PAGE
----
Side-effects of menopause – There are several short and long-term risks of menopause, which depend on genetics, diet and lifestyle. Learn about the potential side effects of menopause.
Menopause is a natural biological process, also referred to as the cessation of menstruation. Some women may get troubled with its side-effects, while others may not have any potential risks even after years. Women usually experience menopause side-effects after one to two years before their menstrual cycle cease (perimenopause).
Hormonal Changes after Menopause
The average age for the onset of menopause in women is 52. Women begin to develop hormonal changes or symptoms of hormone imbalance during their perimenopause stage. During the transition from perimenopause to menopause, levels of several hormones (including estrogen and progesterone) become irregular.
The decline in the production of oestrogen and progesterone on cessation of menstrual cycle leads to various physical and emotional changes.
Physical Changes after Menopause
- Skin Changes – Skin usually becomes dry or itchy skin after menopause, as body’s ability to retain moisture is impaired without oestrogen.
- Bladder problems – Menopause increases risks of bladder problems such as reduction in bladder capacity, cystitis and stress incontinence. The root cause of bladder problems is the loss of muscle and tissue elasticity in the pelvic cavity, which makes women leak urine while coughing or laughing.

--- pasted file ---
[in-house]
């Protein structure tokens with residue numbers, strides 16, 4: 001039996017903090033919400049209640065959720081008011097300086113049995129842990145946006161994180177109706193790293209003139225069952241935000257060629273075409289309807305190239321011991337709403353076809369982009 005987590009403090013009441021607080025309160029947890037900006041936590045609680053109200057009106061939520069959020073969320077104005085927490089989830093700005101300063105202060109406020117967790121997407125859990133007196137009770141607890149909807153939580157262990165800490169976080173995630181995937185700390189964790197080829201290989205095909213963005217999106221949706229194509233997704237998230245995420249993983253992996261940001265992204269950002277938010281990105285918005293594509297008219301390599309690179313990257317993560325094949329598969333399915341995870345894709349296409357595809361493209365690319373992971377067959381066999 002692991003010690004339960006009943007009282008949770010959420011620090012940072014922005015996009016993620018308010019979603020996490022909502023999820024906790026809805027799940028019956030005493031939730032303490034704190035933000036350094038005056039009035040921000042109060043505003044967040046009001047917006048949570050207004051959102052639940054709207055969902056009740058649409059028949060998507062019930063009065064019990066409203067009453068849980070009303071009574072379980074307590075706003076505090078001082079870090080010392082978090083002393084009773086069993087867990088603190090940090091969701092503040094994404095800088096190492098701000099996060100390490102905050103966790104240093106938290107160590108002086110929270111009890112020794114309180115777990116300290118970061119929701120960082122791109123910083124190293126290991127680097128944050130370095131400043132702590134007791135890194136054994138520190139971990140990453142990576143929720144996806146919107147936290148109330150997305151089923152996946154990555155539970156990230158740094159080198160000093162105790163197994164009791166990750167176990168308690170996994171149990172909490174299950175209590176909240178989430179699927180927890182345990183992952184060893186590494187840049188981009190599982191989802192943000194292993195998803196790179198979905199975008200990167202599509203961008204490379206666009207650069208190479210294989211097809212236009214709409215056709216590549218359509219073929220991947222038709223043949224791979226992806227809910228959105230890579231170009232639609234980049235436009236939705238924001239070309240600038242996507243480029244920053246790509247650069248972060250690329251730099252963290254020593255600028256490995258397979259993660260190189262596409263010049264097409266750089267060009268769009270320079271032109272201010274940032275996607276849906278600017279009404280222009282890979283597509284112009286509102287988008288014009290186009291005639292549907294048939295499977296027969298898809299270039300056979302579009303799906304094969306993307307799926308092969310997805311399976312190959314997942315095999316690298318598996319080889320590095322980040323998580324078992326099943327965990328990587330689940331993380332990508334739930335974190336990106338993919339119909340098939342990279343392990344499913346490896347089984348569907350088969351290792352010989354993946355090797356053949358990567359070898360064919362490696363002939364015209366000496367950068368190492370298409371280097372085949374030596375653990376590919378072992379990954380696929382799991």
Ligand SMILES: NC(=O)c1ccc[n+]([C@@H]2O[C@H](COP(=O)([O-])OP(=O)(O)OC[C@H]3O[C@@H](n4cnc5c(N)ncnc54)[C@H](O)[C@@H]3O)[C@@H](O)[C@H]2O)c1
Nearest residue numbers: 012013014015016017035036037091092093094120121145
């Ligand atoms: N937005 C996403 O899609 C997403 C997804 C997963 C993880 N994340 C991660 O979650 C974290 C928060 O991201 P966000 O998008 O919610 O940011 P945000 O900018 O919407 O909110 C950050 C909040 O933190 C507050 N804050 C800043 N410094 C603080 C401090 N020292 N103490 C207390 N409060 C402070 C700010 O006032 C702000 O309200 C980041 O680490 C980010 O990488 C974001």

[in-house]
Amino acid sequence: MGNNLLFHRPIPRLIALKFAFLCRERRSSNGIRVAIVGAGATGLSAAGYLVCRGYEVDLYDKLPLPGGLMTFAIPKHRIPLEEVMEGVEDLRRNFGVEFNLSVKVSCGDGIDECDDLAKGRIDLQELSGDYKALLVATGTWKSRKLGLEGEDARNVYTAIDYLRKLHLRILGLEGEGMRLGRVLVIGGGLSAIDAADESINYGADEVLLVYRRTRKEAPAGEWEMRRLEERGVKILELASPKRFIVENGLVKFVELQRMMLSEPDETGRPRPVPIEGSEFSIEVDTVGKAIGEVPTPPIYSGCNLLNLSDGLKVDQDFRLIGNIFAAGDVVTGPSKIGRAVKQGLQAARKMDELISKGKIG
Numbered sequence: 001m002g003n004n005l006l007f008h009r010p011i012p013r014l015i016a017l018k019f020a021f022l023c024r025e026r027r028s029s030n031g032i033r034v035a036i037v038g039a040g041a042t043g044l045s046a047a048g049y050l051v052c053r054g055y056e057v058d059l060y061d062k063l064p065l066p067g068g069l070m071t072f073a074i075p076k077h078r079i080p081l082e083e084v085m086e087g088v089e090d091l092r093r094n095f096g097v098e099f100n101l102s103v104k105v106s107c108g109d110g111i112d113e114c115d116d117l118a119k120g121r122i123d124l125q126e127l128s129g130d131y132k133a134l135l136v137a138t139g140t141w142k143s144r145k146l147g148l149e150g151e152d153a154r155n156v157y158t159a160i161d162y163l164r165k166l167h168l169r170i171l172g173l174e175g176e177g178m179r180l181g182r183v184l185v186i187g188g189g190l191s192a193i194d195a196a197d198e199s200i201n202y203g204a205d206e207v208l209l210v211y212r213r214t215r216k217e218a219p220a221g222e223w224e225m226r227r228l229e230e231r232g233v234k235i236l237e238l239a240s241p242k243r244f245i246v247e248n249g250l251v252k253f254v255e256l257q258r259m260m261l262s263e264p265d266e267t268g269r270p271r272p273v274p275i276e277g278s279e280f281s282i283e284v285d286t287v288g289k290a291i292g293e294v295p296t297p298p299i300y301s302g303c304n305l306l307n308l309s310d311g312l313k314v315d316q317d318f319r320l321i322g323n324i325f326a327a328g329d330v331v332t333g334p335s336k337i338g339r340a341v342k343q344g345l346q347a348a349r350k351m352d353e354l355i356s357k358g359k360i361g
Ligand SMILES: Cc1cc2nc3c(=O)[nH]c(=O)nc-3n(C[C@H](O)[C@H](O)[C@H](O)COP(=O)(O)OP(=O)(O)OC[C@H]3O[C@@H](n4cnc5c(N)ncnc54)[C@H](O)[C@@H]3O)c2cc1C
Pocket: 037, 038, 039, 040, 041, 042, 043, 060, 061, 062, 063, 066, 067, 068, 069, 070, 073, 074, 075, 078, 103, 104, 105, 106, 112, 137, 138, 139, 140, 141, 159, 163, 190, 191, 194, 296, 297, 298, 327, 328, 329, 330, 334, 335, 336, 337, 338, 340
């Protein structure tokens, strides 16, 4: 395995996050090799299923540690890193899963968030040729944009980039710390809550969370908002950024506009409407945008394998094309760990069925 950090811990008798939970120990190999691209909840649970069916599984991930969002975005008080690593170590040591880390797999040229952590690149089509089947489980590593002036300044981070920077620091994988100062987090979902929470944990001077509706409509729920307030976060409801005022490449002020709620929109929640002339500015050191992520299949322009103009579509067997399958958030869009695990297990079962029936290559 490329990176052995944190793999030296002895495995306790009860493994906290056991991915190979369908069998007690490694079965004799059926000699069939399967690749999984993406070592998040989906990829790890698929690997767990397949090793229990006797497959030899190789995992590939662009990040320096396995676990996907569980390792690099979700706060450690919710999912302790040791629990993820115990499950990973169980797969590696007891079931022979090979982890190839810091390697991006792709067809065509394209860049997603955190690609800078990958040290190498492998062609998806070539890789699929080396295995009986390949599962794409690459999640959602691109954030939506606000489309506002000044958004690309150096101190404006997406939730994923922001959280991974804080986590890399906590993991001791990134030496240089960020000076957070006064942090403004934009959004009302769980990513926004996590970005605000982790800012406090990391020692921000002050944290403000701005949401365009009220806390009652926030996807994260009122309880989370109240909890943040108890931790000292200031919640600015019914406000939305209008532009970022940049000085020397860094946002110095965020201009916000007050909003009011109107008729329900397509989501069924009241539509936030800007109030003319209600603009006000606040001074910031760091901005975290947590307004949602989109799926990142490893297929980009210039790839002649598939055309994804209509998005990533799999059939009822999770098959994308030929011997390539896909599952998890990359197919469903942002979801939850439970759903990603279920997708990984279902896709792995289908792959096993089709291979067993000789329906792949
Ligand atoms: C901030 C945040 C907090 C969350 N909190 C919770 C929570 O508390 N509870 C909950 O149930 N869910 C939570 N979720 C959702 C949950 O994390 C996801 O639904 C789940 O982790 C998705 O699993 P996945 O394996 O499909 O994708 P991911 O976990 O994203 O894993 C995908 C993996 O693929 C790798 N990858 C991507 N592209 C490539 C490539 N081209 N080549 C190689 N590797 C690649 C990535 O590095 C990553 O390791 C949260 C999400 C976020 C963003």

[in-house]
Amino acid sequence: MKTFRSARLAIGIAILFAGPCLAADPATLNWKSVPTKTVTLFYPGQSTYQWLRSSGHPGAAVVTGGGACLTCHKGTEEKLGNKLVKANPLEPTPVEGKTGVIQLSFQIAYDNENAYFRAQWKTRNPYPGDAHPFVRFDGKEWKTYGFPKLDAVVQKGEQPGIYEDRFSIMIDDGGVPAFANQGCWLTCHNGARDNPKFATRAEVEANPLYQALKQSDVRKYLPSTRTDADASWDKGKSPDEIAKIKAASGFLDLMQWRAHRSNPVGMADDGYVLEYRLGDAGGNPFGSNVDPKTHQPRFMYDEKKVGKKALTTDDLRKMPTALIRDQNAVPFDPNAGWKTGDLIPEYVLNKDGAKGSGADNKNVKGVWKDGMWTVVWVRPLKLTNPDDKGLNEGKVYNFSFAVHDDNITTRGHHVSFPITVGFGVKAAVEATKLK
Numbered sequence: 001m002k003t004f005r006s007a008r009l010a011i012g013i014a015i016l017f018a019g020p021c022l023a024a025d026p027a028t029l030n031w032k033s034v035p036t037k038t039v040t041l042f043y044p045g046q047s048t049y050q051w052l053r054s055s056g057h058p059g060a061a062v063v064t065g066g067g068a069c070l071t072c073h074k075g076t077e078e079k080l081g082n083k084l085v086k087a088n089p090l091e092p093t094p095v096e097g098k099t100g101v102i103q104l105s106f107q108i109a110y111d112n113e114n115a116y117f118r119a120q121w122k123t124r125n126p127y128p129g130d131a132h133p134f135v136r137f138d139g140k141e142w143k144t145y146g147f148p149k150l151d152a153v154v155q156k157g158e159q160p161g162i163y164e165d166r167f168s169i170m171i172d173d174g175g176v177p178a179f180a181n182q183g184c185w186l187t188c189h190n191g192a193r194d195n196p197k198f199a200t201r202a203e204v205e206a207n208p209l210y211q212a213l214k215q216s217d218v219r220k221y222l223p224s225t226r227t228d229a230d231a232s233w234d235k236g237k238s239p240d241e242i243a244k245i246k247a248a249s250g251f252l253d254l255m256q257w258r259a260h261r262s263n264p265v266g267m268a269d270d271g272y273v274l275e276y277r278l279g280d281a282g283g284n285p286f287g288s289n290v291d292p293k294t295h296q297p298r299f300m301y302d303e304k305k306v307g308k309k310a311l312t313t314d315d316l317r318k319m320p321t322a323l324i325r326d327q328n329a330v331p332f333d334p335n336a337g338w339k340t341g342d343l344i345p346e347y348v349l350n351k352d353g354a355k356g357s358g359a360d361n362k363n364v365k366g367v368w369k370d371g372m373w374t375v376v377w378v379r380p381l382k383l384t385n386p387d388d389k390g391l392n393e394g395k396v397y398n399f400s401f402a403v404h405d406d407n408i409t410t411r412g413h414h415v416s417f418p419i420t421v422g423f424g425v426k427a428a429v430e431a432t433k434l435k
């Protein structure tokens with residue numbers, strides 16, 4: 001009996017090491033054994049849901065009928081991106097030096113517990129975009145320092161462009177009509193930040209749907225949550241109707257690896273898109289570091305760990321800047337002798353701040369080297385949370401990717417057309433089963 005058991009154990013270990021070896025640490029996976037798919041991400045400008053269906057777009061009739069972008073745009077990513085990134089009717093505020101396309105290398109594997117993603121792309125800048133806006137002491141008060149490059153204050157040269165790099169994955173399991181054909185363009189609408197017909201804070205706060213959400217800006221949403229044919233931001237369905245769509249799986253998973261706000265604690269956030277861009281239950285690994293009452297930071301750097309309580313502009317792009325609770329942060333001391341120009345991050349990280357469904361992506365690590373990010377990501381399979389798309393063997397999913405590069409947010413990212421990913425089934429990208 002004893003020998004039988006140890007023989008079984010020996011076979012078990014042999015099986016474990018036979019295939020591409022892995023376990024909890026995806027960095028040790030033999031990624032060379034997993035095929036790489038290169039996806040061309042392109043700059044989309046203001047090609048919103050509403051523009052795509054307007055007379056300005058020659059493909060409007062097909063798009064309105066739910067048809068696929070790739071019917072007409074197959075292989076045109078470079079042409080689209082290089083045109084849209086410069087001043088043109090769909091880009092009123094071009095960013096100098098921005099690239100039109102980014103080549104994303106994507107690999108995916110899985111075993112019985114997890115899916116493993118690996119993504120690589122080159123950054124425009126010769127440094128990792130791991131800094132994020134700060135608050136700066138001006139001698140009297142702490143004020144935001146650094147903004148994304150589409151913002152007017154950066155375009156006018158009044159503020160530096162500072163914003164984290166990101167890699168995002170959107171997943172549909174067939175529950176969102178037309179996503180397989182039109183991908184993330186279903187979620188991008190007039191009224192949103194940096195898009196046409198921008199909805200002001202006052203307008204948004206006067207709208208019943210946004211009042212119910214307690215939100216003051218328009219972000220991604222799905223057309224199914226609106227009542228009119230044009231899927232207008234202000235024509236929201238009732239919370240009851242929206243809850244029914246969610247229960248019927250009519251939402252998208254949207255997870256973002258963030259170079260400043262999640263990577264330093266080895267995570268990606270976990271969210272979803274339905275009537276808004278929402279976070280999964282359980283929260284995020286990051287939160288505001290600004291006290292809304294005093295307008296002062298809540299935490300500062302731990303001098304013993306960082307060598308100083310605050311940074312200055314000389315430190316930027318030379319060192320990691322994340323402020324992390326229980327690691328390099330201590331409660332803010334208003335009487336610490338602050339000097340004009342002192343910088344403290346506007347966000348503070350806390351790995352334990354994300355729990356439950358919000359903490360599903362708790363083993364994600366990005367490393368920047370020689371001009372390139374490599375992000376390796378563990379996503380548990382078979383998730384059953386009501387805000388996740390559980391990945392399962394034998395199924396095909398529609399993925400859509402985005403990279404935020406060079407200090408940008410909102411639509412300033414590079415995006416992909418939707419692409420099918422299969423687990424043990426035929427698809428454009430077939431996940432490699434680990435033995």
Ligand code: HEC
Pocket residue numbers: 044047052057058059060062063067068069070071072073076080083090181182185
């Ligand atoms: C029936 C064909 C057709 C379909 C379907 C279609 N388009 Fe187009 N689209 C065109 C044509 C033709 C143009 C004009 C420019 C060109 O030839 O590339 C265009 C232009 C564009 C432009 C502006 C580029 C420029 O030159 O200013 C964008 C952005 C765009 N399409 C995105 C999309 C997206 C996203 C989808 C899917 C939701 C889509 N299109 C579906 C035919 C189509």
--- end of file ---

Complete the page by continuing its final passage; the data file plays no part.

- Vaginal dryness – Lack of estrogen secretion makes vaginal lining thinner and dryer. As a consequence, a dip in sex drive is common after menopause.
- Changes in sleep pattern – Night sweats, a result of the hot flashes that occur at night, often disturb the sleep pattern of women after menopause.
- Other physical changes – Other physical side-effects of menopause include tiredness, dizziness, headaches, joint pains, muscular pains, backaches and lethargy.
Emotional Changes after Menopause
- Increased anxiety – Getting old and experiencing body changes at the same time may become very stressful, and it also increases the levels of anxiety. Persistent anxiousness may lead to panic attack such as palpitations, shortness of breath or dizziness.
- Dip in concentration and poor memory – Decline in oestrogen affect functioning of nerve cells in the brain. As a result, women may not feel as sharp to remember things and their concentration level may see a decline too.
- Dip in sex drive – Sexual desire may be affected by the mood swings of early menopause, right from the menopausal transition. Hormonal changes make women experience sexual difficulties. Continuous hormonal changes along with tiredness and vaginal dryness contribute to pain or discomfort during sex.
To cope up with side-effects of menopause, it is advised to stick to a healthy diet and engage in physical exercises regularly. Not just physical benefit, but it will also help to keep stress levels to its minimum.
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